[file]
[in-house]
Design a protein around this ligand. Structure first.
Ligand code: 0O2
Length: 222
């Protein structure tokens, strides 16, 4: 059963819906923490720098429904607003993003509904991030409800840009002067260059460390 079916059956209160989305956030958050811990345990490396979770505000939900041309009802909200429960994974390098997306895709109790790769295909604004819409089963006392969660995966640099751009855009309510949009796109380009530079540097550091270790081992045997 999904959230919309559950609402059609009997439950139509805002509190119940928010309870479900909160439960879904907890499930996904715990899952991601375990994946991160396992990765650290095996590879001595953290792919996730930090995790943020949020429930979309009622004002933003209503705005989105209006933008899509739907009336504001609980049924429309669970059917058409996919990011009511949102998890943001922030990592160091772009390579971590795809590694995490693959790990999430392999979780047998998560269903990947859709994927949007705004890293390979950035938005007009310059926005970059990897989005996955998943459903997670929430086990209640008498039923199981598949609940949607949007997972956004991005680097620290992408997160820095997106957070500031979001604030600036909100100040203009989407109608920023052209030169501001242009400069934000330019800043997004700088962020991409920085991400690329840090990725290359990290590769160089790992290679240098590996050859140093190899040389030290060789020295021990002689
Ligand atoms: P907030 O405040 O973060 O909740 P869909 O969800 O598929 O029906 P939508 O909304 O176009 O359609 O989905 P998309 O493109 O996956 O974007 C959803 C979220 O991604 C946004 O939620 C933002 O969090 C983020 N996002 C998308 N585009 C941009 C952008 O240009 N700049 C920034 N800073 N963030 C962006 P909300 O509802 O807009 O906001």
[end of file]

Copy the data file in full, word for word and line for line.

[in-house]
Design a protein around this ligand. Structure first.
Ligand code: 0O2
Length: 222
């Protein structure tokens, strides 16, 4: 059963819906923490720098429904607003993003509904991030409800840009002067260059460390 079916059956209160989305956030958050811990345990490396979770505000939900041309009802909200429960994974390098997306895709109790790769295909604004819409089963006392969660995966640099751009855009309510949009796109380009530079540097550091270790081992045997 999904959230919309559950609402059609009997439950139509805002509190119940928010309870479900909160439960879904907890499930996904715990899952991601375990994946991160396992990765650290095996590879001595953290792919996730930090995790943020949020429930979309009622004002933003209503705005989105209006933008899509739907009336504001609980049924429309669970059917058409996919990011009511949102998890943001922030990592160091772009390579971590795809590694995490693959790990999430392999979780047998998560269903990947859709994927949007705004890293390979950035938005007009310059926005970059990897989005996955998943459903997670929430086990209640008498039923199981598949609940949607949007997972956004991005680097620290992408997160820095997106957070500031979001604030600036909100100040203009989407109608920023052209030169501001242009400069934000330019800043997004700088962020991409920085991400690329840090990725290359990290590769160089790992290679240098590996050859140093190899040389030290060789020295021990002689
Ligand atoms: P907030 O405040 O973060 O909740 P869909 O969800 O598929 O029906 P939508 O909304 O176009 O359609 O989905 P998309 O493109 O996956 O974007 C959803 C979220 O991604 C946004 O939620 C933002 O969090 C983020 N996002 C998308 N585009 C941009 C952008 O240009 N700049 C920034 N800073 N963030 C962006 P909300 O509802 O807009 O906001």